We are the Arrogante family—Jen, Jed, Nathaniel, Elizabeth and Penelope. We have been foster parents through the County of San Diego for four years now.
We had always felt called to adopt, so when the time came, we began the process of applying to become foster and adoptive parents through the county. I’m not going to lie, it was not easy. All of the horror stories you hear about—lost applications, feet dragging, bureaucratic mess, etc.—happened to us. A process that should have taken 12-18 months dragged on for almost three years.
Our biggest fear going into the process was the impact that fostering would have on our children, six and 16 months at the time. My husband and I were highly prepared by the county, with over 60 hours of classes on attachment, risk factors, brain theory, parenting classes, etcetera, but our children weren’t taking these classes. All they had to go on was what we told them, that we were going to be helping children whose parents were going through a hard time, giving them a safe, loving space to live while their family members worked on creating healthy and safe spaces for them. They didn’t know how long their new sibling would be staying with them, how old he or she would be, or what kind of personality he or she might have. We did our best to prepare them. There was so much we couldn’t control for, we had to leave it to prayer and in the hands of our god.
Two months after ‘getting on the list’ we received our first placement. There is nothing that describes the emotions that surround a placement phone call. Excitement, nervousness, joy, sadness, fear. We were told that we were to go down to the hospital and meet a baby that had been safely surrendered at the hospital by her mother. She was three days old and in the NICU.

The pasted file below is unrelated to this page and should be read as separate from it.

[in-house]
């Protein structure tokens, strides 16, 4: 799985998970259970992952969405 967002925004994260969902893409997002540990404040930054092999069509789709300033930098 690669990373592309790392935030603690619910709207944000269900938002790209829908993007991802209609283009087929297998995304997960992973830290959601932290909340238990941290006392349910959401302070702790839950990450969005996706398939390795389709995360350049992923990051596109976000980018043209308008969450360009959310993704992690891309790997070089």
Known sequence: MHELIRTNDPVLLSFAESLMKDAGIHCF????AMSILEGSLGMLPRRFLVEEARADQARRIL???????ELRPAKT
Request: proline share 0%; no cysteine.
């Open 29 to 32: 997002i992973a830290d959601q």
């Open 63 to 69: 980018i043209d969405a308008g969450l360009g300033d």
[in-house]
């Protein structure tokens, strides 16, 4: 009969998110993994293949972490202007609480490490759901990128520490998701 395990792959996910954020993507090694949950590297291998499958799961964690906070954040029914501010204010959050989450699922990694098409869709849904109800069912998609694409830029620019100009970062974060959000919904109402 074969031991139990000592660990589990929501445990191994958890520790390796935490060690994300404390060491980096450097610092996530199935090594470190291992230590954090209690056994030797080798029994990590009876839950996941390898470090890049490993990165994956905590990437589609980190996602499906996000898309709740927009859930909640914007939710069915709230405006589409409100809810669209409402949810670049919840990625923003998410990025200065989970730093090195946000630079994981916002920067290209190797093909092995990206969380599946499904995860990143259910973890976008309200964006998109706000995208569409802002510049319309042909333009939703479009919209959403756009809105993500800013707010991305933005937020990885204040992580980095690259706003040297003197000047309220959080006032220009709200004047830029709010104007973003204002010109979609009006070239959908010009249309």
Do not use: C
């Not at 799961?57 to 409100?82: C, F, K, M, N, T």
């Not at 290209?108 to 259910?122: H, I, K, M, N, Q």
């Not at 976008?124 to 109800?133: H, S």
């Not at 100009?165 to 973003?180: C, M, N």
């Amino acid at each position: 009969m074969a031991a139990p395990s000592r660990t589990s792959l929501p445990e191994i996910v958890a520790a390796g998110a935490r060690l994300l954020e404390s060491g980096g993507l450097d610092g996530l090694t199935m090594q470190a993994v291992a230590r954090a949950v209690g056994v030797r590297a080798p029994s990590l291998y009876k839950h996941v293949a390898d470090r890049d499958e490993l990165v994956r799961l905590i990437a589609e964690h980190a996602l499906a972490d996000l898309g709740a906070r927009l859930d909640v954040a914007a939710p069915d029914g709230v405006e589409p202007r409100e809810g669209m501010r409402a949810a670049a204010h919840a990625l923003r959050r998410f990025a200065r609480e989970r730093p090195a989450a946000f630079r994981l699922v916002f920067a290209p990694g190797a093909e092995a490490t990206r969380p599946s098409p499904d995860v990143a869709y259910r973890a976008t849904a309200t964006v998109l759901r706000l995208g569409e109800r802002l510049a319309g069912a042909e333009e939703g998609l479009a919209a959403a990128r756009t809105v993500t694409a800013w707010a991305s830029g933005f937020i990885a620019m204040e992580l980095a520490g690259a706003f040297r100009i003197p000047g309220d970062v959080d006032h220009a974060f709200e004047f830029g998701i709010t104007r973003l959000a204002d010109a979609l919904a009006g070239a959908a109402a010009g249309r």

We were in the NICU for eight days with our sweet girl that we named Penelope. The nurses were nothing but hard to work with. Her medical condition needed constant monitoring and we were told we could be there for weeks or months. Eight days later we were told we were being discharged and told to ‘find a good pediatrician’ who could help us monitor her condition for another three months. By the grace of God, we were able to find one who had ample experience working with foster families and who knew how to help us monitor Penelope’s condition. Fifteen months later, we finalized our adoption and we are all now forever family. Today she is a thriving and amazing three-year-old who is a constant light in our family. We truly consider her life, her successes, and her very existence a miracle.
We got back on the foster care list when Penelope turned two, at the urging of our children. We found out that there was a need for short term placements for babies who have family members that are awaiting approval by the County. Since then, we have had one placement and know that there are more in our near future. Penelope is the biggest advocate and love to these sweet babies… she is such a light in our family.
For as many unknowns as there are stepping into the foster care system, there are even more reasons to be willing to step out into our fears and trust that what is to come is, not just good, but pure amazing.
If you’re feeling a call to foster, my best advice is to connect with other foster families. Knowing others are going through the same journey allows you to normalize some of the more frustrating aspects of fostering, along with giving you that extra love and support that you might need. Surround yourself with people who love you and your quirky family, who will support you through all the struggles and celebrate in all the achievements. And believe me, the achievements will be many and the amount of joy and love will be heart stretching in the most wonderful ways. We couldn’t have done this without all of our extended family and friends pitching in, helping out, providing words of encouragement and love. While you are out there supporting families through fostering, make sure your family has a support system as well. Finally, don’t over think it. It’s just kids, it’s just love. There is so much hard but somehow it makes the good that much sweeter.